It begins at the station on a Monday morning. An overly full carriage of white-collar soup has been upturned all over the platform, in the form of a petulant rush-hour crowd too big for its boots. Fresh trains are sent to mop it up by degrees, but they’re not nearly quick enough.
Meanwhile, an inexperienced commuter breaks formation and wakes up the bull. It’s a tense moment. People crush closer to create the illusion of unity. Everyone hears the snorting, but no one will look at the source of it directly. Not even out of the corner of their eye.
The silent threat of the bull is that a cascading panic will result in everyone running screaming from the platform. Terrified accountants will scramble all over the city, blundering over double white lines and crossing against red lights. Misplaced legal secretaries will be discovered squatting amongst bags of rubbish in dark alleys. Search parties will locate confused schoolchildren, cowering in the doorways behind the sex shops and trendy restaurants uptown.
With moments to spare, the train arrives and sponges the platform clean of discontent. The irony of course is that everyone is now travelling towards the danger.
At the next stop, the carriage bursts open and mixed emotions scatter everywhere. People are stamping on bits and pieces of it before the wind can whip it all away. Scraps of good news and bad news hastily rescued from under high heels and dress shoes, before they turn and clatter towards the stairs.
En route, they negotiate a swarm of bibbed volunteers. With rattling tins they will attempt to redirect pocket loads of unused coins into the public health system. One man evades capture by ducking behind a pride of teenage girls; a human shield in gingham. But the dissonant cough of loose change follows him up the stairs, rubbing against his conscience like a broken promise.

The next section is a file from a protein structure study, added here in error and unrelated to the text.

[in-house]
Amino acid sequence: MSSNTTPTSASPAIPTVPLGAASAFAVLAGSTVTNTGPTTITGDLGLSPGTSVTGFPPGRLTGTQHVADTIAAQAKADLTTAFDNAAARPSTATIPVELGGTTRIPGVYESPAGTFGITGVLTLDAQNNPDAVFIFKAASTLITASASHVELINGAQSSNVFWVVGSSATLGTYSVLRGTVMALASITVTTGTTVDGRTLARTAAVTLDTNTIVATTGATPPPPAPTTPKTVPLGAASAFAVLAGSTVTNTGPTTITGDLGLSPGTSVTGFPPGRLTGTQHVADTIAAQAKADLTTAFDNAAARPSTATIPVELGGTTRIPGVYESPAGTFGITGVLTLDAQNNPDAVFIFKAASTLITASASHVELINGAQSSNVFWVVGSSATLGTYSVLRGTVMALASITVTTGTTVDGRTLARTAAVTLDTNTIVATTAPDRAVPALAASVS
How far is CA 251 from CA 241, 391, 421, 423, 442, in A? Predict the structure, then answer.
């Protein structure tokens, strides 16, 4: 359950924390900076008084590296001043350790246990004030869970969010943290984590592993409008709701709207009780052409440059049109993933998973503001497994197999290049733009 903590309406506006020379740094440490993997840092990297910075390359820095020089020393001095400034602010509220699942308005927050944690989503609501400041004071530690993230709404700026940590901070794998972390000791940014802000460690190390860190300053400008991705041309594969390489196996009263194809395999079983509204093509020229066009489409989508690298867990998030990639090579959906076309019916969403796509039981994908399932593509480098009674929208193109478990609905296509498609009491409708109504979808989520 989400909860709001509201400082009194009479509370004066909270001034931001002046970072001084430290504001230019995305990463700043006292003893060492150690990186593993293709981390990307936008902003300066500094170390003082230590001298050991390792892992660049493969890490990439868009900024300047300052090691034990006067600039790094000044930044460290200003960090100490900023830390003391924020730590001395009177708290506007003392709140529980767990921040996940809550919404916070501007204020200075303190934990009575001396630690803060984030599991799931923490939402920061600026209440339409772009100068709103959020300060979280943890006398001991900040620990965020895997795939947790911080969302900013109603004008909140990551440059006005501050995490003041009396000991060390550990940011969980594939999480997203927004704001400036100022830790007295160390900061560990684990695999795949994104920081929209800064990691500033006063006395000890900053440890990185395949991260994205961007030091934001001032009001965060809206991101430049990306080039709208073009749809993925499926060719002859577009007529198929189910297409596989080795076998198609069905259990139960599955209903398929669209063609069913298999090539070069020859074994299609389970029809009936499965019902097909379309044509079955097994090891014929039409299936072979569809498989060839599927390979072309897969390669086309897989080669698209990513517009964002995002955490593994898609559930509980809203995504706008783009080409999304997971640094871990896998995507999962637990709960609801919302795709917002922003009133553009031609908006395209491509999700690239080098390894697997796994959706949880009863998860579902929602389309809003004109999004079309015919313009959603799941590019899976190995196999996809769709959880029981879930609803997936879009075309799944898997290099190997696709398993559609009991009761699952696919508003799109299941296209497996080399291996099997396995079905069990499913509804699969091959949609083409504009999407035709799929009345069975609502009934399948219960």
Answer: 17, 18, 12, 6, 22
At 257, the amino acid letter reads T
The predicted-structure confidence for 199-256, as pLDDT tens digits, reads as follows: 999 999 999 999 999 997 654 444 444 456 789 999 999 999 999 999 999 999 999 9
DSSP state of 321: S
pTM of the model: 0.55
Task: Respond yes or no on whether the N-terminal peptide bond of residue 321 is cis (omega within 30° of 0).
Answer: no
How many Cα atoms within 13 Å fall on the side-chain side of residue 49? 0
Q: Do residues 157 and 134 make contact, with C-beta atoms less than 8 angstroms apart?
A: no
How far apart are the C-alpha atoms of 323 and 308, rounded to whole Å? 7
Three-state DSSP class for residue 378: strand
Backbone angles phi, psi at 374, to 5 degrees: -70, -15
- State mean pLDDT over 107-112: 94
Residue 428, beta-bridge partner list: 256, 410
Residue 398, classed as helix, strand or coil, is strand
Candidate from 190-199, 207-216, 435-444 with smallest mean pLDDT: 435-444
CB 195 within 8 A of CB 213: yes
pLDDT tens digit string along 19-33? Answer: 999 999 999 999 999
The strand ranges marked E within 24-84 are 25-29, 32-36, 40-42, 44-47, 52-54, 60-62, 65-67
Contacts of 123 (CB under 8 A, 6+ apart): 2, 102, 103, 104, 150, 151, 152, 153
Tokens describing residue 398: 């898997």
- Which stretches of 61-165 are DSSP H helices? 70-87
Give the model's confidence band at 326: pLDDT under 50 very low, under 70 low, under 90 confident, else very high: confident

The steps themselves are stained a sallow shade of dysphoria. This is the washed-out hue you get when malaise and anxiety are mixed together. If you take another look, you’ll see it’s smeared over everything. The banisters are sticky with the stuff, but everyone’s so accustomed to it, they don’t notice anymore.
In this way the station overflows with life, but takes no part in it. Leaking purpose, it becomes the dead husk of something else every new day. Yet it refuses to panic at the prospect of being abandoned. Perhaps it uses the quiet times to puzzle over crosswords. The ones left half-done in discarded newspapers, wilting in the cracks between seats. It sounds implausible, but you shouldn’t disregard the possibility that during peak hour today, the entire transport system will magically wake up, and start looking for clues.
The answers are mostly inaccessible, zipped up in Gucci handbags and trapped behind the combination of locks square-edged briefcases. But some of them are in plain view. You can probably see them from the places you stand every day. The look of indignation on a sparrow’s face when a passing smoker showers it with ash. The worn floors of exits from places no one wants to be. The palpable unhappiness emanating from the passengers on a train you watch departing, slowly at first, then gathering speed, until it’s lost in the glare of the sun.
inspired by a phrase borrowed from each of my favourite unleashed07 entries, stories by jkane, krystle, pinkelephant, jschoenw,hogan,alice